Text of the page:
Is Your Philanthropy on the Path to Awesomeness?

posted on: February 20, 2013

by Yna C. Moore

“We are made to be awesome.”

That’s the bold message of Kid President, a young boy who has made a name for himself on YouTube with a series of cute, funny and inspiring videos “to make grown-ups less boring.”

Although the statement is directed at us as individuals, I couldn’t help but project Kid President’s pep talk to a sector seeking effective strategies, bigger impacts, better results and ultimately the realization of our visions of a better world.

(If you can’t see the video, click here.)

“Boring is easy! Everybody can be boring. But you’re gooder than that. …

‘Two roads diverged in the woods, and I took the road less traveled.’ And it hurt, man! Really bad! Rocks! Thorns! And glass!

But what if there are two paths? I’ll be on the one that leads to awesome …

Create something that will make the world awesome.”

– Kid President

How can your philanthropy be awesome?

Being awesome means using effective, high impact strategies to achieve better results and ultimately achieve goals that benefit our world. And although the path to awesomeness is not necessarily the same for every foundation, it can be summarized in three basic characteristics:

  • It is the opposite of mediocrity.
  • It is the pursuit of The Road Less Traveled despite the hardship and risk involved.
  • It is a focus on what it can do for the world, instead of what the world can do for it.

If you’re ready to look at concrete ways to set your foundation on its path to awesomeness, check out these resources:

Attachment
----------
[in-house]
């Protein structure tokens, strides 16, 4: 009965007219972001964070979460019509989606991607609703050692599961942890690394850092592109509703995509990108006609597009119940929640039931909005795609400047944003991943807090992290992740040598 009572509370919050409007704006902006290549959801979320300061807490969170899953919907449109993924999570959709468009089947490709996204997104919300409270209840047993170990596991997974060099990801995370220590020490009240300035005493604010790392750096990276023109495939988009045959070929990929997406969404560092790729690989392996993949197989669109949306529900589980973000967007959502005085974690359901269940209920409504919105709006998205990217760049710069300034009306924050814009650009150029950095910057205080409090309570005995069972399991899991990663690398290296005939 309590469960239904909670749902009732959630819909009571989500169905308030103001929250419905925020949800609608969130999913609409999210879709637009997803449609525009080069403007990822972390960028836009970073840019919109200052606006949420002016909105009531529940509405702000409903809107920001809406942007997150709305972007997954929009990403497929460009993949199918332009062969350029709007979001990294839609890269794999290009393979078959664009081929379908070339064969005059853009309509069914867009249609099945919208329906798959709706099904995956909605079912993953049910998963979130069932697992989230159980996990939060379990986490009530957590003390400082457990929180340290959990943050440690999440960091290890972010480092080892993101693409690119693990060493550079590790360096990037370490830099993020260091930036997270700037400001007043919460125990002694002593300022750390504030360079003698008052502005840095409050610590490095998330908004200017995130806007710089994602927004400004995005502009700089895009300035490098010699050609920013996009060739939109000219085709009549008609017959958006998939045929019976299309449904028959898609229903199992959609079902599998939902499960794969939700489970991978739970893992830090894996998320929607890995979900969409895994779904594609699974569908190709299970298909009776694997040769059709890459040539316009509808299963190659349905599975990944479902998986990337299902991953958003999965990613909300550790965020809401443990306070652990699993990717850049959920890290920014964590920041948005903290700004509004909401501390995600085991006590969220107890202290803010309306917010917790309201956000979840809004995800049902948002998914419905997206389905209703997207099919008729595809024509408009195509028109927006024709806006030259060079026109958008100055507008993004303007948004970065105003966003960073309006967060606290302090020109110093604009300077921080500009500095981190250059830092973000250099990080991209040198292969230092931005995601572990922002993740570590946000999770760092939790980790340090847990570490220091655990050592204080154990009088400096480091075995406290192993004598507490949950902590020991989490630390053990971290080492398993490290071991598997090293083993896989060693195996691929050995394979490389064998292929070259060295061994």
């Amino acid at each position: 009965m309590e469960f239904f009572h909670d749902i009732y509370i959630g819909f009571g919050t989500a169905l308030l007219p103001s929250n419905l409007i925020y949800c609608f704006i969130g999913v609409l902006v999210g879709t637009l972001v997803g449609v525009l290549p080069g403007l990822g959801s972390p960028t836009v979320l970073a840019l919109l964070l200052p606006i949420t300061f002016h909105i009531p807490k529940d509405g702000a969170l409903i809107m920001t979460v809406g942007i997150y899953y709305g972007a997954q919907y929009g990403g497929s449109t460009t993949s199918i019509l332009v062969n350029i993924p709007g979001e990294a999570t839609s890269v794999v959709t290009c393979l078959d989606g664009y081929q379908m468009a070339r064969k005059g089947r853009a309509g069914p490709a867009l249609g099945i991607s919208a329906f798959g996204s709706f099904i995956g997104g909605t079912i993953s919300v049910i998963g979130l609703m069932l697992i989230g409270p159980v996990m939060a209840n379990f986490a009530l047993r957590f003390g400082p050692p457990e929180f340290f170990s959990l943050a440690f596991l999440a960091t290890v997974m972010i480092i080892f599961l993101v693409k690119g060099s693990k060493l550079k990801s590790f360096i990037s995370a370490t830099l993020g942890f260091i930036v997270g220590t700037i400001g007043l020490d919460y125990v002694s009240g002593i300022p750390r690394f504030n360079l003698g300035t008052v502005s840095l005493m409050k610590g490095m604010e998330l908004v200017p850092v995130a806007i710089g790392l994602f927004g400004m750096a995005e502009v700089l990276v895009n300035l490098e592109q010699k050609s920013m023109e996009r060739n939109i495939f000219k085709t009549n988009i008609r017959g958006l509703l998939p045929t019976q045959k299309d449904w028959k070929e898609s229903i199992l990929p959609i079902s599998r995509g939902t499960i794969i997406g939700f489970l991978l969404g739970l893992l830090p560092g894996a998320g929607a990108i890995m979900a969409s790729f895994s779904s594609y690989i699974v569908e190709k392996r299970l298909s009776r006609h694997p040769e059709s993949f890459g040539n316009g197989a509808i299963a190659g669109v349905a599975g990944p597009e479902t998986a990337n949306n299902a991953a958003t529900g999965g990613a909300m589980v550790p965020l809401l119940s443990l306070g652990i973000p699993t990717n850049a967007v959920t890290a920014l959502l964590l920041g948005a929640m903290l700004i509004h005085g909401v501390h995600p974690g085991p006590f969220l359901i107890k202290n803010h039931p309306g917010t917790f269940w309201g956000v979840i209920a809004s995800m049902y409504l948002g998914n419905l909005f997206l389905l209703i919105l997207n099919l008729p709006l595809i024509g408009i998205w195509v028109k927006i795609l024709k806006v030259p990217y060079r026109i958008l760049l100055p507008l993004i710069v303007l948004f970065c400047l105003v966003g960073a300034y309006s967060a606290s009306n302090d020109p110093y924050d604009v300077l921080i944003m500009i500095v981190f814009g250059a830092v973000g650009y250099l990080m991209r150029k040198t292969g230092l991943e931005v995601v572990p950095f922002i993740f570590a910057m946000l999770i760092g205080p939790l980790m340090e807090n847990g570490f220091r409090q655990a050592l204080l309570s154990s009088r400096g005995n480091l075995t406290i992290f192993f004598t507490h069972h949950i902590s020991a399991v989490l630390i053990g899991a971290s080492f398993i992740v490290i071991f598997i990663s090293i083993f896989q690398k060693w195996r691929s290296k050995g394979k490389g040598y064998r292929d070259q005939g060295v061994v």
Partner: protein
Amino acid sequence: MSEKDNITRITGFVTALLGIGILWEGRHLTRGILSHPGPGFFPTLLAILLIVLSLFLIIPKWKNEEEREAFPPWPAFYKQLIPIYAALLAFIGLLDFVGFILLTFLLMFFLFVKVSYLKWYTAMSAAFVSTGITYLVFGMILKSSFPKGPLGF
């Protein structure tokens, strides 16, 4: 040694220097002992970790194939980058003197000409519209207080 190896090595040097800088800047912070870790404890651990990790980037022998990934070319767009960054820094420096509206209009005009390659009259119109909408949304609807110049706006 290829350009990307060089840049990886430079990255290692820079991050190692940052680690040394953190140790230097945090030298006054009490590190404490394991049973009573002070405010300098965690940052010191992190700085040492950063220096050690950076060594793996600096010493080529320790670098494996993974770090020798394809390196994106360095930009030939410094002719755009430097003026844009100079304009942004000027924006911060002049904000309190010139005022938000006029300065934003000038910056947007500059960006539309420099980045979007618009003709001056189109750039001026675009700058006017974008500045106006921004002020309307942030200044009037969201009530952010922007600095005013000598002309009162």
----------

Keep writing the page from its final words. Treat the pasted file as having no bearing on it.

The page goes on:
It’s not enough to set clear goals, utilize evidence-based strategies and solicit feedback. To be truly effective, strategic philanthropy must turn to practices familiar to social justice philanthropy: understanding who will benefit from your foundation’s programs and how, recognizing the need to influence public policy by funding nonprofit advocacy and community organizing, and seeking input from nonprofit grantees and the communities they serve.

This report is worth the read even if you don’t think your foundation’s focus lends itself to the social justice philanthropy approach. It includes examples on how the recommendations apply to education, health, environment and arts philanthropy.

How does a $115 return for every dollar invested sound? No, there are no missing decimal points here! This report describes how 110 organizations across 13 states brought nearly $27 billion in benefits to our communities by empowering rural communities, low-wage works and other marginalized groups through philanthropy-supported nonprofit advocacy and community organizing.

If you want to see specific impacts from these organizations, from economic security to civil and human rights, check out this sortable Impacts Directory.

Contrary to a common myth, nonprofit advocacy and lobbying are strategies that foundations can support. You can learn more about what and how foundations can legally fund these types of effort on Bolder Advocacy.

And check out this comprehensive list of additional resources on funding policy and civic engagement, which includes references from affinity groups, grantmakers and infrastructure groups. It also lists additional readings on coalitions, networks, movement building and more.

If you’re ready to make a commitment to awesomeness, then make today, World Day for Social Justice, the day you sign on to Philanthropy’s Promise. Join more than 140 other grantmakers that have pledged to achieve high impact philanthropy by prioritizing and empowering underserved populations such as the poor, elderly, women and girls and other groups. 

Here’s a video on Philanthropy’s Promise

Is your foundation on the path to awesomeness? 

Yna C. Moore is communications director of the National Committee for Responsive Philanthropy (NCRP).